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Bailey and Dynarski's work cited in Bloomberg article on growing U.S. inequality

Frey says current minority college completion rates predict decline in college-educated Americans

Kimball and unnamed coauthor examine male bias in economics

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Call for Proposals: Small Grants for Research Using PSID Data. Due March 2, 2015

PSC Fall 2014 Newsletter now available

Martha Bailey and Nicolas Duquette win Cole Prize for article on War on Poverty

Michigan's graduate sociology program tied for 4th with Stanford in USN&WR rankings

Next Brown Bag

Monday, Jan 26
Jeff Smith, Consequences of Student-College Mismatch

Resolving Inconsistencies in Trends in Old-Age Disability: Report From a Technical Working Group

Publication Abstract

Freedman, V.A., E. Crimmins, Robert F. Schoeni, B.C. Spillman, H. Aykan, Ellen A. Kramarow, K. Land, J. Lubitz, K. Manton, L.G. Martin, D. Shinberg, and Timothy A. Waidmann. 2004. "Resolving Inconsistencies in Trends in Old-Age Disability: Report From a Technical Working Group." Demography, 41(3): 417-441.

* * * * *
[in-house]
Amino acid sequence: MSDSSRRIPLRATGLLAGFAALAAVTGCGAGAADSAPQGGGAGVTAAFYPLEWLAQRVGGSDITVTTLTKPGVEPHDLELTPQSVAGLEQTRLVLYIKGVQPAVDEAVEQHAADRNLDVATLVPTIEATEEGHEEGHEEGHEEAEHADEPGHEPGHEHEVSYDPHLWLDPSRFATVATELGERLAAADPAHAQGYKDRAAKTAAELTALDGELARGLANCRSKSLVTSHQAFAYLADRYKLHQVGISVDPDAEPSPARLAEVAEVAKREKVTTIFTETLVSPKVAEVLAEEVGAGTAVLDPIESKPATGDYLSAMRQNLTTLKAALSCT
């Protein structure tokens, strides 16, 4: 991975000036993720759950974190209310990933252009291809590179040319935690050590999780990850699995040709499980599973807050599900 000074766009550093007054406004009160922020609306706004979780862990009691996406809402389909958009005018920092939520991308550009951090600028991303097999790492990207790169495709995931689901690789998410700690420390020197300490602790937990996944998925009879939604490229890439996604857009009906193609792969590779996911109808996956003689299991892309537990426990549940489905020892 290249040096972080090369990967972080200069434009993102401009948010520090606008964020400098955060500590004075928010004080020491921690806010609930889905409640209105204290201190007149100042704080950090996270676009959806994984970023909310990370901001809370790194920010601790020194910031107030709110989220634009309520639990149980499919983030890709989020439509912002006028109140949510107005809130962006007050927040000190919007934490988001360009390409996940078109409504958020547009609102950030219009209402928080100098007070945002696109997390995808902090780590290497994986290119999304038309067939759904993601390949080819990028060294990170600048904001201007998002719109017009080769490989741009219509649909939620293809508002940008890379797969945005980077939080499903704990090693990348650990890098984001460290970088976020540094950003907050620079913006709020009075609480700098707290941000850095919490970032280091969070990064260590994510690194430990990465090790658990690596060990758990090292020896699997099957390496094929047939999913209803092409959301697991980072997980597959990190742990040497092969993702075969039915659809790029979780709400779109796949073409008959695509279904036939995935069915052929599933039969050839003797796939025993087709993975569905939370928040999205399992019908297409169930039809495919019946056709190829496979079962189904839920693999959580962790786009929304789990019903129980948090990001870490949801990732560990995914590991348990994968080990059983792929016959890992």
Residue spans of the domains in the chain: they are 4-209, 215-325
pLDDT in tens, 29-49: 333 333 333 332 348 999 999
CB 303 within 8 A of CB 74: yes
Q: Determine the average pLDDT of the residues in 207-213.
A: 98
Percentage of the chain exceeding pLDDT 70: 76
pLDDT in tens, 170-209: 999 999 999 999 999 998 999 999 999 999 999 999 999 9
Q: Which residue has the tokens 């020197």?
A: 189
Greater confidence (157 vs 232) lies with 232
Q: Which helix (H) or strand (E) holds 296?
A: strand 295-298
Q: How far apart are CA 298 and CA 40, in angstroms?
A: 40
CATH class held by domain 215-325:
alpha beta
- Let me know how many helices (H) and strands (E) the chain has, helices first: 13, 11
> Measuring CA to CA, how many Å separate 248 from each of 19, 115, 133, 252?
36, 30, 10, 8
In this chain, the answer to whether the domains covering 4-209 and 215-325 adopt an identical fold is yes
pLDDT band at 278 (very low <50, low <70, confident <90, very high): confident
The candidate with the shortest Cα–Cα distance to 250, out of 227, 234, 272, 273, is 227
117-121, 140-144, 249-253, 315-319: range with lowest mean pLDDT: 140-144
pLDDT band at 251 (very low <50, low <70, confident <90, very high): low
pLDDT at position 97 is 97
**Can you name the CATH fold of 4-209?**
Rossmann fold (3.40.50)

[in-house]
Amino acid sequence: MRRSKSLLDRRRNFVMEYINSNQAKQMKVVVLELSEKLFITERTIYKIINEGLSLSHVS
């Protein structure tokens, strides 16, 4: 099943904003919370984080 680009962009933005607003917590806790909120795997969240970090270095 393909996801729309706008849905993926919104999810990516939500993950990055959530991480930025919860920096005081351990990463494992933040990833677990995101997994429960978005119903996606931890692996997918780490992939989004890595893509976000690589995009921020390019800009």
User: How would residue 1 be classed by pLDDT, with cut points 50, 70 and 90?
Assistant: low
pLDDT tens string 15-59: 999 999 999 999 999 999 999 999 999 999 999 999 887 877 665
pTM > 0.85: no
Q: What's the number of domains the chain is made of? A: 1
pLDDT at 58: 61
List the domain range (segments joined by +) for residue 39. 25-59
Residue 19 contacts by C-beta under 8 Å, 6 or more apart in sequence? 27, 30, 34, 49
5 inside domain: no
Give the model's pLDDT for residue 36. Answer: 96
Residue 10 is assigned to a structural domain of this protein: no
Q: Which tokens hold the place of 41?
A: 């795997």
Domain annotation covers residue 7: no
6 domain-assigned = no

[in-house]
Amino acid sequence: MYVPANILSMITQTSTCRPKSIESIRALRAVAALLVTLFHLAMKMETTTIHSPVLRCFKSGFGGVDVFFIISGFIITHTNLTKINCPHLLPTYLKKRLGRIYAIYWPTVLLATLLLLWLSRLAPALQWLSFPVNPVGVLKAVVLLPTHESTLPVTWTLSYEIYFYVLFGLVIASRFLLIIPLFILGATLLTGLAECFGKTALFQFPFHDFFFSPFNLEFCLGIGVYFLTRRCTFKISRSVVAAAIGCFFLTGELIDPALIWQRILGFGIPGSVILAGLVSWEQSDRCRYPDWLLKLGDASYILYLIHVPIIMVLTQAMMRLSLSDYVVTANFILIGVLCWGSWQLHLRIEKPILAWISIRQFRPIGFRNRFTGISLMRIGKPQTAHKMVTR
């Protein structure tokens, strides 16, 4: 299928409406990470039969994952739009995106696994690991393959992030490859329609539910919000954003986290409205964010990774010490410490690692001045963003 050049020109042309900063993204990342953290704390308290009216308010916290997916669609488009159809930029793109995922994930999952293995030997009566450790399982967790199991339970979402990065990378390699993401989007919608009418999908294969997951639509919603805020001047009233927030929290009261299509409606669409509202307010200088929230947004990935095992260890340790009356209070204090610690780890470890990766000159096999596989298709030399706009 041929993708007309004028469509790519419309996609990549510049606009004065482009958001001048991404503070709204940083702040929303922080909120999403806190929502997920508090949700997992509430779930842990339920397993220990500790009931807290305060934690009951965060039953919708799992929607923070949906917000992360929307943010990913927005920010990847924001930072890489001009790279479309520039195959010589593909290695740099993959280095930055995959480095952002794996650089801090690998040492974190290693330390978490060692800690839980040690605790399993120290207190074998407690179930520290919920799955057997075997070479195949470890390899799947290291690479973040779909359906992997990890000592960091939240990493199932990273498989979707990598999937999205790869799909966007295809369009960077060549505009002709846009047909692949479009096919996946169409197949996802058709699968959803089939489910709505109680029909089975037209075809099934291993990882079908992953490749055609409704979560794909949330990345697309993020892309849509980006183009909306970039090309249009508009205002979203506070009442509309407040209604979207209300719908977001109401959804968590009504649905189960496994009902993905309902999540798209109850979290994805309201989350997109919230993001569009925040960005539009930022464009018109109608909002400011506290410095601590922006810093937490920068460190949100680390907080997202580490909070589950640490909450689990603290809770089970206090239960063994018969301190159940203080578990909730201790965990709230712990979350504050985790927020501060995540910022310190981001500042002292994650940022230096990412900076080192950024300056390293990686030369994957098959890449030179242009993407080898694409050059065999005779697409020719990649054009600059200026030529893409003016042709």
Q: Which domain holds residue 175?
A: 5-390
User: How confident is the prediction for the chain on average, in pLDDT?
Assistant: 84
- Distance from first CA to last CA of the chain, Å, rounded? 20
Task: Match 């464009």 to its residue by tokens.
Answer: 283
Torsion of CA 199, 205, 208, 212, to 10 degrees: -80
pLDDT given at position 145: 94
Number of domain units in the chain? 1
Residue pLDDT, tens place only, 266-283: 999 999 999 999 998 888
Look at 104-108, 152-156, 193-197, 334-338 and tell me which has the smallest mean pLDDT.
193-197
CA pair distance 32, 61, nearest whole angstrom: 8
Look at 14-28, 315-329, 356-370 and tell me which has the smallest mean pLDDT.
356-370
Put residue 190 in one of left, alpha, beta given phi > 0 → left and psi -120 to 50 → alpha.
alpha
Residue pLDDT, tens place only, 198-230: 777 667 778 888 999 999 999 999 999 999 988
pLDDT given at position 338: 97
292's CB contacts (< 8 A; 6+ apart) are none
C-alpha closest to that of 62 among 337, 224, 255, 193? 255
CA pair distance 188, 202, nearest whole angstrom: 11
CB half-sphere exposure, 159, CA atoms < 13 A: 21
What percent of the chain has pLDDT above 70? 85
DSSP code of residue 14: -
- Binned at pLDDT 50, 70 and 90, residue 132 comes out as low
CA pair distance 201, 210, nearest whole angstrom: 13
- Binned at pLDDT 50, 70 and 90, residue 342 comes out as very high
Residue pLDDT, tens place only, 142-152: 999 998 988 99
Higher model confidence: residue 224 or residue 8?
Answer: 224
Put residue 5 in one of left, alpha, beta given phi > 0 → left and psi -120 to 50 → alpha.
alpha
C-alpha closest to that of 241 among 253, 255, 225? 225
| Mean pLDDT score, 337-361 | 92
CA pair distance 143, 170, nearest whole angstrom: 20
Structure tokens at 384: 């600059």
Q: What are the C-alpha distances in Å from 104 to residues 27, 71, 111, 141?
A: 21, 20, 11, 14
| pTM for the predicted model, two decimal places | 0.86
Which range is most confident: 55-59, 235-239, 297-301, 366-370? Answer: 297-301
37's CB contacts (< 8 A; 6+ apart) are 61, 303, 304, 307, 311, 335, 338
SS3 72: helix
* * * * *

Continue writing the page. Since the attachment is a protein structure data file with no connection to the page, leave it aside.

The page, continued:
In September 2002, a technical working group met to resolve previously published inconsistencies across national surveys in trends in activity limitations among the older population. The 12 person panel prepared estimates from five national data sets and investigated methodological sources of the inconsistencies among the population aged 70 and older from the early 1980s to 2001. Although the evidence was mixed for the 1980s and it is difficult to pinpoint when in the 1990s the decline began, during the mid- and late 1990s, the panel found consistent declines on the order of 1%-2.5% per year for two commonly used measures in the disability literature: difficulty with daily activities and help with daily activities. Mixed evidence was found for a third measure: the use of help or equipment with daily activities. The panel also found agreement across surveys that the proportion of older persons who receive help with bathing has declined at the same time as the proportion who use only equipment (but not personal care) to bathe has increased. In comparing findings across surveys, the panel found that the period, definition of disability, treatment of the institutionalized population, and age standardizing of results were important to consider. The implications of the findings for policy, national survey efforts, and further research are discussed.

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